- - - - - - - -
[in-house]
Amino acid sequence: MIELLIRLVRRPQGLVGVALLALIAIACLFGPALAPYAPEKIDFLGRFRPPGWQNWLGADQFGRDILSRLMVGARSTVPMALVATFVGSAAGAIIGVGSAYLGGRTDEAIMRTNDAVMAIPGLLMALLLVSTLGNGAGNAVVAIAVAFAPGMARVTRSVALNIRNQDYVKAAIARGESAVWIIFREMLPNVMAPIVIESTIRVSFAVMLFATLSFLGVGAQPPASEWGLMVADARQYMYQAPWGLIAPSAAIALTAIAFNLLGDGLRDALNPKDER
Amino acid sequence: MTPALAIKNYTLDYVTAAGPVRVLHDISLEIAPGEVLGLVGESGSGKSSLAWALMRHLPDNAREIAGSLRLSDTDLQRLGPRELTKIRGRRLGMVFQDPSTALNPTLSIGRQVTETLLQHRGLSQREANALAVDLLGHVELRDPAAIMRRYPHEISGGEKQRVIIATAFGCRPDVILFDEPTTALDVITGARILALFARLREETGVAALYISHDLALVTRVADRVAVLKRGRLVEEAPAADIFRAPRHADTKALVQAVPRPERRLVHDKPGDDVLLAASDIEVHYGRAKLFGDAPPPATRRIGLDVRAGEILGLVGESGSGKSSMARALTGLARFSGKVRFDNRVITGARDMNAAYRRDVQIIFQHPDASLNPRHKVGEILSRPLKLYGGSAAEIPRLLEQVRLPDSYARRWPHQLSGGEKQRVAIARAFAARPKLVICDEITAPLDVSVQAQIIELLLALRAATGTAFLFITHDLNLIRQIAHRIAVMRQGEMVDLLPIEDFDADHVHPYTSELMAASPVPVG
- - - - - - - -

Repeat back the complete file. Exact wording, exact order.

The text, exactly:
[in-house]
Amino acid sequence: MIELLIRLVRRPQGLVGVALLALIAIACLFGPALAPYAPEKIDFLGRFRPPGWQNWLGADQFGRDILSRLMVGARSTVPMALVATFVGSAAGAIIGVGSAYLGGRTDEAIMRTNDAVMAIPGLLMALLLVSTLGNGAGNAVVAIAVAFAPGMARVTRSVALNIRNQDYVKAAIARGESAVWIIFREMLPNVMAPIVIESTIRVSFAVMLFATLSFLGVGAQPPASEWGLMVADARQYMYQAPWGLIAPSAAIALTAIAFNLLGDGLRDALNPKDER
Amino acid sequence: MTPALAIKNYTLDYVTAAGPVRVLHDISLEIAPGEVLGLVGESGSGKSSLAWALMRHLPDNAREIAGSLRLSDTDLQRLGPRELTKIRGRRLGMVFQDPSTALNPTLSIGRQVTETLLQHRGLSQREANALAVDLLGHVELRDPAAIMRRYPHEISGGEKQRVIIATAFGCRPDVILFDEPTTALDVITGARILALFARLREETGVAALYISHDLALVTRVADRVAVLKRGRLVEEAPAADIFRAPRHADTKALVQAVPRPERRLVHDKPGDDVLLAASDIEVHYGRAKLFGDAPPPATRRIGLDVRAGEILGLVGESGSGKSSMARALTGLARFSGKVRFDNRVITGARDMNAAYRRDVQIIFQHPDASLNPRHKVGEILSRPLKLYGGSAAEIPRLLEQVRLPDSYARRWPHQLSGGEKQRVAIARAFAARPKLVICDEITAPLDVSVQAQIIELLLALRAATGTAFLFITHDLNLIRQIAHRIAVMRQGEMVDLLPIEDFDADHVHPYTSELMAASPVPVG